• Name and address of the individual or business whose credit will be insured;
  • a list of references for the guarantor, containing names and addresses;
  • A schedule of the commodities involved, detailing the projected delivery dates, the expiration dates of all contracts, their prices and quantities, identification numbers (such as CUSIP), broker names, and telephone [numbers]. A FinCEN number should be obtained by all guarantors.

To put it another way, a corporation must be in good standing with FINCEN and provide a phone number and contact information before becoming a surety for a contract on Comex or any other futures market in the United States. This rule has been in place since the creation of FINCEN in 1996.

This technique is used by [Comex] to ensure that you will be able to fulfill your contract’s obligations. However, the performance bond, which is an independent third party, is still looking at it.

Why not utilize insurance firms instead?

Both insurance firms and surety suppliers have disadvantages. For the expense of risk connected with gold futures contracts, insurance firms often want high premiums, whereas surety businesses want modest rates but take on unlimited responsibility.

Furthermore, insurance contracts are easily sold from one party to another, making risk assessment and management challenges. As a result, performance bonds are preferred over insurance policies as a source of guarantee in the gold trade.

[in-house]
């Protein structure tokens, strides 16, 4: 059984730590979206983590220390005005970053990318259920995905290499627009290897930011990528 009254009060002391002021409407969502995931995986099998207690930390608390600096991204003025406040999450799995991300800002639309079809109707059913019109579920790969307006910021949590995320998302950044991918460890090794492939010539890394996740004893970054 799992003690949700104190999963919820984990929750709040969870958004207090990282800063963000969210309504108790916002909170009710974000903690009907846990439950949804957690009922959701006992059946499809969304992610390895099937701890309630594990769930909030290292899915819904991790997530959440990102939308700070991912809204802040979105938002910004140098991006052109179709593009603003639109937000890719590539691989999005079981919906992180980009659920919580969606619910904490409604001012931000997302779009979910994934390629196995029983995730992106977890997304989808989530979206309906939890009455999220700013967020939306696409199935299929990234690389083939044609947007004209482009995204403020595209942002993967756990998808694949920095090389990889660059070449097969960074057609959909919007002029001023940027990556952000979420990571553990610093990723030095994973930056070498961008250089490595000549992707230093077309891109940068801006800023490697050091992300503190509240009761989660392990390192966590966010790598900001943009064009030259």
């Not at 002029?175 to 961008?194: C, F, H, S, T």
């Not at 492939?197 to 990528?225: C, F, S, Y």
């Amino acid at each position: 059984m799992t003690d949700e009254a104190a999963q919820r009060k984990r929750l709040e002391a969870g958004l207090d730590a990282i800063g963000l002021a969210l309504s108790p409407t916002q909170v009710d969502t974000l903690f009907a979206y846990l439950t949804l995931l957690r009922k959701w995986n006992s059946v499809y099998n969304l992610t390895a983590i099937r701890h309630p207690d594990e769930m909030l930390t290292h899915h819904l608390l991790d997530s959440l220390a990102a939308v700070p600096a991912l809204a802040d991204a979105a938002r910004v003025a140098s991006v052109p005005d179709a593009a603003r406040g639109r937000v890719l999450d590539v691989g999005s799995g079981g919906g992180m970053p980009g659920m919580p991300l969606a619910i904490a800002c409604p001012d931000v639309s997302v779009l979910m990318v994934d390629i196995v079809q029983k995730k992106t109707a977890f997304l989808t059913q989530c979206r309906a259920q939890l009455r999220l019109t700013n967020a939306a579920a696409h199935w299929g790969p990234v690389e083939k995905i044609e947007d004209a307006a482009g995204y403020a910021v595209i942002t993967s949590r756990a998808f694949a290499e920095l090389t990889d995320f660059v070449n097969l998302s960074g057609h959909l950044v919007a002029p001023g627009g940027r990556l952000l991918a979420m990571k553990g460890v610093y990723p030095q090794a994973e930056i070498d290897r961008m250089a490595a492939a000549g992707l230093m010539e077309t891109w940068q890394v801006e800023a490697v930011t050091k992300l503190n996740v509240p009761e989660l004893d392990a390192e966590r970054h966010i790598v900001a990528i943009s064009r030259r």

What factors decide how much of my contract must be bonded?

Comex does not specify a minimum or maximum value for a performance bond (except for Spread Contracts). The higher the level of guarantee required to assure that payment is made, the larger and more essential the transaction.

A buyer will demand more surety because if they do not receive their gold, they will be unable to fulfill their obligations under the contract and will have no recourse but to sue the guarantor (e.g., SURETY), who may choose not to pay. As a result, it is not uncommon for the buyer to request any guarantors in order to ensure greater certainty.

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bookmark_borderWho Sells Performance Bonds and How Much Do They Cost?

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Who is the issuer of Performance Bonds?

Surety businesses are the ones who issue performance bonds.

A bond is essentially an agreement in which one party promises to pay another if specific conditions are met, such as the execution of work specified in a contract or the payment of taxes.

A Performance Bond ensures that a construction project will be finished and/or a sale will be honored in accordance with the terms of the contract in exchange for payment from the client. In most cases, the owner must request performance bonds before work can commence. Contractors should, however, inquire about any potential projects that demand a performance bond before bidding on them.

Performance Bonds provide that work or products contracted by a government agency will be completed or delivered according to the terms of the contract. Construction projects, for example, may require permits from contractors, whereas other road work contracts may require motorists to purchase supplies from local shops along the roads where work is being done.

Is it true that insurance companies offer performance bonds?